Rethinking the restorative’: ethical relationships in restorative practice.

Research output: ThesisDoctoral Thesis


In the fifteen years since restorative practices – an alternative to traditional punitive disciplinary measures – began to have a strong presence in educational thinking in the United Kingdom, research has shown that it holds significant potential as a means for teaching the skills of conflict resolution and nurturing relational school cultures. Nevertheless, there remains widespread concern that restorative practice risks being abandoned or co-opted and used in ways that encourage a lack of agency, increased marginalisation, and disempowerment. The originality of my research into restorative practice lies in locating the source of its anxieties away from current cultural, and instructional work, and explaining it as a deep philosophical mistrust with what we do with language. By placing educational philosophy directly with current theory and practice, this project aspires to re-think notions of what is restorative, seeing the term not as exclusively redemptive but as an engagement that seeks to problematise, even disrupt entirely, what is seen as its purpose. Part I explores the perception of how worsening behaviour in schools is linked to notions of zero tolerance and the performance agenda, and the rise of restorative practices as a response. Part II – comprising three central chapters – considers the key linguistic restorative concepts: restorative language, restorative story-telling and restorative relationships drawing on the work of Stanley Cavell and his reading of Wittgenstein and the American transcendentalist philosophers Ralph Waldo Emerson, and Henry David Thoreau. By opening each chapter in Part II with a scenario from a restorative conference, I show how language that is too strongly guided is ethically harmful to restorative practice’s claims for a relational pedagogy. At the end of this thesis I will make three claims: what it means to be in relation to another, our ongoing ethical relationships with another, and what it means to be in community.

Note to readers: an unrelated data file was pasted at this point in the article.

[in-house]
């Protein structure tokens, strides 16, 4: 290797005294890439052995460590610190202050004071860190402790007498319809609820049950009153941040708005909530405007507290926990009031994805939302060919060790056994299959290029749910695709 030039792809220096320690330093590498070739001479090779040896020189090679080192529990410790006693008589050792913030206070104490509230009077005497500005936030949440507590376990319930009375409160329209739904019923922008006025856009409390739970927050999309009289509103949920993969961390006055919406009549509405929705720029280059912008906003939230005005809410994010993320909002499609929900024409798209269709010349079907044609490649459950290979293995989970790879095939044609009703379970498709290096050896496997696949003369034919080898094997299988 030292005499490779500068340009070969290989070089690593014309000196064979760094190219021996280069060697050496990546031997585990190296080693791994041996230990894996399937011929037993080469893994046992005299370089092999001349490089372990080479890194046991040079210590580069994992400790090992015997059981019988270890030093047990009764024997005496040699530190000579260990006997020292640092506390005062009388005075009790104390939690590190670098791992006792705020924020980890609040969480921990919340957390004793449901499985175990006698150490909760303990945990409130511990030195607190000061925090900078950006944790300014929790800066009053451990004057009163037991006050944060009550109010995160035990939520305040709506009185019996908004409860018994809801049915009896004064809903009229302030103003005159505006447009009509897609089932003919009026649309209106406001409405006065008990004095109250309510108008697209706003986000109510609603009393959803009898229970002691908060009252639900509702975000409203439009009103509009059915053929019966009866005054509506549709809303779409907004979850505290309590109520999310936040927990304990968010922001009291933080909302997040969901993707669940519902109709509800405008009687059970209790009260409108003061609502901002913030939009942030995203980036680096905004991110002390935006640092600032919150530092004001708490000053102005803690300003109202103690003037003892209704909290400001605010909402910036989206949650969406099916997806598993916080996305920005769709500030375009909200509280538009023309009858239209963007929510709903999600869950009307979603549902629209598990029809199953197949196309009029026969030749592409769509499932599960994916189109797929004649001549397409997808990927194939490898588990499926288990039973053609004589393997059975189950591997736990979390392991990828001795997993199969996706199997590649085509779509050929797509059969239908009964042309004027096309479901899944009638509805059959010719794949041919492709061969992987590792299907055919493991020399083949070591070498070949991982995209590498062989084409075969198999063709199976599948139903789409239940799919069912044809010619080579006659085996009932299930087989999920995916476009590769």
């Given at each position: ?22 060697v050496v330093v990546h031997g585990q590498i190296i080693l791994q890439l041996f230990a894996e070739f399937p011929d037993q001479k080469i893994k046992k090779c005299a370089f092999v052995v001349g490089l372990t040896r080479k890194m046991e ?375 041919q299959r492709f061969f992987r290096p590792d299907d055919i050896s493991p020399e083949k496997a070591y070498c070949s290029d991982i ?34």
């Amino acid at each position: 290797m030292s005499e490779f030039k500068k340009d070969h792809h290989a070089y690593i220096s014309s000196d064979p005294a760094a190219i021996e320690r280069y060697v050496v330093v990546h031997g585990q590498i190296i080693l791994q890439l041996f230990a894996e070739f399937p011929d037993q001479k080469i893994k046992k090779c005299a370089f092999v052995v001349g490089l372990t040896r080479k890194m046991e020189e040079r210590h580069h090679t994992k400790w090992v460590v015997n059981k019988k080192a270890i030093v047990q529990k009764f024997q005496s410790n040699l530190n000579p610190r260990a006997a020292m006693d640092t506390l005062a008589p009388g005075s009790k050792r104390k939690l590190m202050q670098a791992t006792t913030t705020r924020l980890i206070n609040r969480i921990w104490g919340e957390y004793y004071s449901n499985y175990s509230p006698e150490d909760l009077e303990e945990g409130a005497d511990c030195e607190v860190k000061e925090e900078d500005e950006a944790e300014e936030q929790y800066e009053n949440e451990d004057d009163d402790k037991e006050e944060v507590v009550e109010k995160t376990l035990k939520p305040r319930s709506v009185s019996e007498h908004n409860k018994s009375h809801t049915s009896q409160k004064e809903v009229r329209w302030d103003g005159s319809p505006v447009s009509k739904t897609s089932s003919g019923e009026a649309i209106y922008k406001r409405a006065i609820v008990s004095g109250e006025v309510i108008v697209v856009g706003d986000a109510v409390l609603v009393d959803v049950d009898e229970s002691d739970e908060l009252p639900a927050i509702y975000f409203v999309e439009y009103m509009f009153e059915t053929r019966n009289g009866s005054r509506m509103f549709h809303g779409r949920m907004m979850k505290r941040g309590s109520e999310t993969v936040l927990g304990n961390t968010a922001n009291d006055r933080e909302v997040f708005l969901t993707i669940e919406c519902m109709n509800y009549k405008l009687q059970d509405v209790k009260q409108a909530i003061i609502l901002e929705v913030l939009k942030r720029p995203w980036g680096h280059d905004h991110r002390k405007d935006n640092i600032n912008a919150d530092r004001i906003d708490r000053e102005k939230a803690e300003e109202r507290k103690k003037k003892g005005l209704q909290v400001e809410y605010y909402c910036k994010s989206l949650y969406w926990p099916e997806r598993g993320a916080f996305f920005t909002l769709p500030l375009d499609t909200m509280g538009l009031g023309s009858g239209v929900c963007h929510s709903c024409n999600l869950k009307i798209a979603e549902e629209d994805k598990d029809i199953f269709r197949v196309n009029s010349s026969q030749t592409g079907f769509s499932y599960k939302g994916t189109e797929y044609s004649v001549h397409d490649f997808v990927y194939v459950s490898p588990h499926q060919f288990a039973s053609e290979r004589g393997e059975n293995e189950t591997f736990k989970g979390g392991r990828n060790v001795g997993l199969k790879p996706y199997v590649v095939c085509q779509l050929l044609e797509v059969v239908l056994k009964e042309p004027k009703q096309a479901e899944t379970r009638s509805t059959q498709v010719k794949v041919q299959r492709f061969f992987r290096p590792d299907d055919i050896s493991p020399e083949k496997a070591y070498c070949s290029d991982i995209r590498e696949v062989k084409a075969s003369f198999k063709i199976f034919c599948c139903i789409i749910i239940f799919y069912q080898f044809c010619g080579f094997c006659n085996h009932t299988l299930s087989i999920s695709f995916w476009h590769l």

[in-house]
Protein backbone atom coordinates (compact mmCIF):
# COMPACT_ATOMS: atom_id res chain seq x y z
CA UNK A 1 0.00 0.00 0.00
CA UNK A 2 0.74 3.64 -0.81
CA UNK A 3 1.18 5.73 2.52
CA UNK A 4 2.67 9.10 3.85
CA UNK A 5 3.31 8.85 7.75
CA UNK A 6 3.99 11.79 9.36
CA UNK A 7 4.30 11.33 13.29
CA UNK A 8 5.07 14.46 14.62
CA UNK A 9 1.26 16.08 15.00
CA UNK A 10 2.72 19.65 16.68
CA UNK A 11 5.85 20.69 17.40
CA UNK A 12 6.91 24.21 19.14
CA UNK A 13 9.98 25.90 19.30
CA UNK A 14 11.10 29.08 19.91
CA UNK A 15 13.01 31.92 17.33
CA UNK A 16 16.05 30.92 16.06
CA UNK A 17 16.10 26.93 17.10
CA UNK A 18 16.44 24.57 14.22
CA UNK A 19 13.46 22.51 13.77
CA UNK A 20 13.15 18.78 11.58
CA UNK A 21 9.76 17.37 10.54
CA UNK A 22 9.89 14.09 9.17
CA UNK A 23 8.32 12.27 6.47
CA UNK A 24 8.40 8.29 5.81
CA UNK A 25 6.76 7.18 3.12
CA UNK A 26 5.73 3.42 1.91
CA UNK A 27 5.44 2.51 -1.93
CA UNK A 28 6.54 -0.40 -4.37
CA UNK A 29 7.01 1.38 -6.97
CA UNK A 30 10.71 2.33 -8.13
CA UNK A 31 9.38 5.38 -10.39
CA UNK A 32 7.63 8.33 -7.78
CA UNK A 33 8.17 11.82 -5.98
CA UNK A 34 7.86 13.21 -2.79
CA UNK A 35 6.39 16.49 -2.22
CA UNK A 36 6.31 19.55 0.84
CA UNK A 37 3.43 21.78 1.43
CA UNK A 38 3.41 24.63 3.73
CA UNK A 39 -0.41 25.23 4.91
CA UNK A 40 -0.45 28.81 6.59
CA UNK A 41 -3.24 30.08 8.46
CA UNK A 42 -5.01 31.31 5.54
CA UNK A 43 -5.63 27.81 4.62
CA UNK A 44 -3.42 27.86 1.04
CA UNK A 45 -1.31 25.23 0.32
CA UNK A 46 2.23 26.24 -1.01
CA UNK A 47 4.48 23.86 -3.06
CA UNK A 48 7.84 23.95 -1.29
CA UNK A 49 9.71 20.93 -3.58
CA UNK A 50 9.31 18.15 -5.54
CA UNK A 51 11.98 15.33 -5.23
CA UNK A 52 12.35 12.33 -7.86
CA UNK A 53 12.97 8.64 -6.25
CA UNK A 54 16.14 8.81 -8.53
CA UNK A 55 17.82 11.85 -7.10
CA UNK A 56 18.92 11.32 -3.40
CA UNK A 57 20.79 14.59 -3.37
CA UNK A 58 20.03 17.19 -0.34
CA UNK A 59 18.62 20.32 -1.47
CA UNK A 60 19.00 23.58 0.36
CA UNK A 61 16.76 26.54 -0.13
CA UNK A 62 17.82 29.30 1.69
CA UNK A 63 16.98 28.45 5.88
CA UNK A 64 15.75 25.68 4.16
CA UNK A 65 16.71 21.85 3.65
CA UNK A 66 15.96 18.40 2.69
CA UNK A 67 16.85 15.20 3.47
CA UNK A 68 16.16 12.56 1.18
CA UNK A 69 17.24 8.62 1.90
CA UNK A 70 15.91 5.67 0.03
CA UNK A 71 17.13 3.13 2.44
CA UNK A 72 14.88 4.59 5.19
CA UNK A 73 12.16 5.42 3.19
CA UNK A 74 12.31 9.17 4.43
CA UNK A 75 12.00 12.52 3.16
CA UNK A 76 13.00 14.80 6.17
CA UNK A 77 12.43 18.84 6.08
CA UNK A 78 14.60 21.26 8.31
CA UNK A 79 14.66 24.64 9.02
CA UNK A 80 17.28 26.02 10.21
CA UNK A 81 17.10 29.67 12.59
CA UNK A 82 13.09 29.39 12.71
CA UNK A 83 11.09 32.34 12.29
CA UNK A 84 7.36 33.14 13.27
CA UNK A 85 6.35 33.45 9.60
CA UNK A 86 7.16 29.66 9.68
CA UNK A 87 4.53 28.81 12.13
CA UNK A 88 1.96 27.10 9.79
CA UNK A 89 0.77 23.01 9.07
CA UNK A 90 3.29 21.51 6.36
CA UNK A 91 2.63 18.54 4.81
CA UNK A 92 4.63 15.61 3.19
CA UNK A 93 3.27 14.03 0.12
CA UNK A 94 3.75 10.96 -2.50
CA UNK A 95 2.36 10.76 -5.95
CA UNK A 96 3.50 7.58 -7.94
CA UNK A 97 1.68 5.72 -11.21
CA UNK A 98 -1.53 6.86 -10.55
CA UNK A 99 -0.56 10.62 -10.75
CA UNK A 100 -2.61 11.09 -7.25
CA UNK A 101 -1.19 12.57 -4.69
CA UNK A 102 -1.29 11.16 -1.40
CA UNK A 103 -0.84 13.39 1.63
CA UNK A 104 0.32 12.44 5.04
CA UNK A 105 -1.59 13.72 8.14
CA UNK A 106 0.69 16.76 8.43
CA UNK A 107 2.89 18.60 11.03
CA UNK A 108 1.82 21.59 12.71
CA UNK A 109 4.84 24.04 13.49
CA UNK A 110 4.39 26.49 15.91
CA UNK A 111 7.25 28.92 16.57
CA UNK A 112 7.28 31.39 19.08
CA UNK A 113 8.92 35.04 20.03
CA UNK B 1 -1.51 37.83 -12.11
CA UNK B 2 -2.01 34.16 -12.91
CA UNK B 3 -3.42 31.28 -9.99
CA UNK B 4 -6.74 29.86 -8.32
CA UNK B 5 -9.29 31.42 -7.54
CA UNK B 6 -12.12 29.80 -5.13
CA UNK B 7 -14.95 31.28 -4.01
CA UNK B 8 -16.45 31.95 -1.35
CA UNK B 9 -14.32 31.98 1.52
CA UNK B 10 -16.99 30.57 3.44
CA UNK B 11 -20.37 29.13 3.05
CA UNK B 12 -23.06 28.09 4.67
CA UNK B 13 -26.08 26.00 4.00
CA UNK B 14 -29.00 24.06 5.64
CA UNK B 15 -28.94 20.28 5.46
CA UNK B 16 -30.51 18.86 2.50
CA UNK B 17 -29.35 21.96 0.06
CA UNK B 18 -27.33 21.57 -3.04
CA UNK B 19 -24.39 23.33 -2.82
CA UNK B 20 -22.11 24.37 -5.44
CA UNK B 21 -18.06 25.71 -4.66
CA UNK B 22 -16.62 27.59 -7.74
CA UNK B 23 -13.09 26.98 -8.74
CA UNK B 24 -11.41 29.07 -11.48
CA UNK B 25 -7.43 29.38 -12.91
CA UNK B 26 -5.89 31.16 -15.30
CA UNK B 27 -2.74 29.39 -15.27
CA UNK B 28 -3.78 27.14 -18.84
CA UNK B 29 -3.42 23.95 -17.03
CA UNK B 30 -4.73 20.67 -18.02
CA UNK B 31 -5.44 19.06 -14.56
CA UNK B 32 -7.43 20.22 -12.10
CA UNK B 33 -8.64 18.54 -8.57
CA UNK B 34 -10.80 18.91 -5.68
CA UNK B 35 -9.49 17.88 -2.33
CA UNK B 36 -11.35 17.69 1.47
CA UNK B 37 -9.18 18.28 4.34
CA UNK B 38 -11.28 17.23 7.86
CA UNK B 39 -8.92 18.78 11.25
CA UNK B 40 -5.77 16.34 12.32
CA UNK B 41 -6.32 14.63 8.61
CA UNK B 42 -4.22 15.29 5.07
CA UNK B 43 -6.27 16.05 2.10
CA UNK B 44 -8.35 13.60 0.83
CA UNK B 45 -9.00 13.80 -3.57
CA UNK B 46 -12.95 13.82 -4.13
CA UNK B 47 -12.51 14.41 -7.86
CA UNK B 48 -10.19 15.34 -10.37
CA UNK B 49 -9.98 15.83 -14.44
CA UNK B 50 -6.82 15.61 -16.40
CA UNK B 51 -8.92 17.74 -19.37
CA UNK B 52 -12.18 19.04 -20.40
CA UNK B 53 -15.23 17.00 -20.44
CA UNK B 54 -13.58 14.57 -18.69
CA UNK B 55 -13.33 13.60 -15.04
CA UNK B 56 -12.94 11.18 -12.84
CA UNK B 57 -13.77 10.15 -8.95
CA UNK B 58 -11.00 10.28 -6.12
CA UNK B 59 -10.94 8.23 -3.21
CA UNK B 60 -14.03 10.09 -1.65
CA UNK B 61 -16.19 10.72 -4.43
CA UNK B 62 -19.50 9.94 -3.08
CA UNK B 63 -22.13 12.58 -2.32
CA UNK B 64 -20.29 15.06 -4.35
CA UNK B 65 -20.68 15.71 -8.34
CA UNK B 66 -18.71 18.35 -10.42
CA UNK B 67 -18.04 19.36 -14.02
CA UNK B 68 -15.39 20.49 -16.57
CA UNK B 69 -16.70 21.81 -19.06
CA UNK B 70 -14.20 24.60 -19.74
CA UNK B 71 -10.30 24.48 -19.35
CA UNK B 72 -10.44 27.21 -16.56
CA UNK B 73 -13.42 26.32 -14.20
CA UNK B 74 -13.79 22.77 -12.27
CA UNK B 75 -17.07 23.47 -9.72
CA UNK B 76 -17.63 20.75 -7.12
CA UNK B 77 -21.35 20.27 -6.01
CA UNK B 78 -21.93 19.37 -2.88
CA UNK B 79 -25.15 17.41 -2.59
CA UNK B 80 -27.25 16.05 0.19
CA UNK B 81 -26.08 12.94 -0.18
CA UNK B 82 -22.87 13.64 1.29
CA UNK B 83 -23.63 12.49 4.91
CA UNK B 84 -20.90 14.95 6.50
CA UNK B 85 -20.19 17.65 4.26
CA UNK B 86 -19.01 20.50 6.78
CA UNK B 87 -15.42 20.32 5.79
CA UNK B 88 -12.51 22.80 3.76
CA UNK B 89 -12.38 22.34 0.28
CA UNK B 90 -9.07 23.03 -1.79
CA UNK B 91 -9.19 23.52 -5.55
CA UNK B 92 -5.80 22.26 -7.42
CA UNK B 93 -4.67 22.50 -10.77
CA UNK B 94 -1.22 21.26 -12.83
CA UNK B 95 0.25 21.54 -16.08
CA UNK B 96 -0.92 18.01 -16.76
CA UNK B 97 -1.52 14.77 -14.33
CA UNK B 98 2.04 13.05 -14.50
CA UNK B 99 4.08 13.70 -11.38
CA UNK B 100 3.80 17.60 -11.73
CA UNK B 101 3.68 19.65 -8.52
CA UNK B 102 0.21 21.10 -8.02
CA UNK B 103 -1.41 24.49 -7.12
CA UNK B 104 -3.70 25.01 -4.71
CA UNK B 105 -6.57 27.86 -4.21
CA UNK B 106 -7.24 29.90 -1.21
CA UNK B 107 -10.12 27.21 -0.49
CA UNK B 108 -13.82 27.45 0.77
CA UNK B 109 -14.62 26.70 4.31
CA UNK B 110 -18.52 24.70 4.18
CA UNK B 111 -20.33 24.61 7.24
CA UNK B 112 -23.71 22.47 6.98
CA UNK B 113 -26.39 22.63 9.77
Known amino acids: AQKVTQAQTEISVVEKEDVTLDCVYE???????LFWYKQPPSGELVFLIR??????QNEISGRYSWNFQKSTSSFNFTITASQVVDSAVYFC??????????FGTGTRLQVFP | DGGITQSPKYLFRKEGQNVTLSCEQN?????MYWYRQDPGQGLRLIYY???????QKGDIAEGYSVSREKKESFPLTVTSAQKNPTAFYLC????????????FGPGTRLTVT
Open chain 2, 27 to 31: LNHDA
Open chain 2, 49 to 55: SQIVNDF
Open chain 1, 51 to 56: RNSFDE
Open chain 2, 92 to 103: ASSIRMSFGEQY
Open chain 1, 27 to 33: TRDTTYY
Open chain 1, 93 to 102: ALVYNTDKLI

Original languageEnglish
QualificationDoctor of Philosophy
  • Fulford, Amanda, Supervisor
  • Pike, Mark, Supervisor, External person
Publication statusPublished - 21 May 2021


  • Restorative Practice; behaviour; schools; voice; community; dialogue; ordinary language philosophy; Stanley Cavell; relationships; ethics


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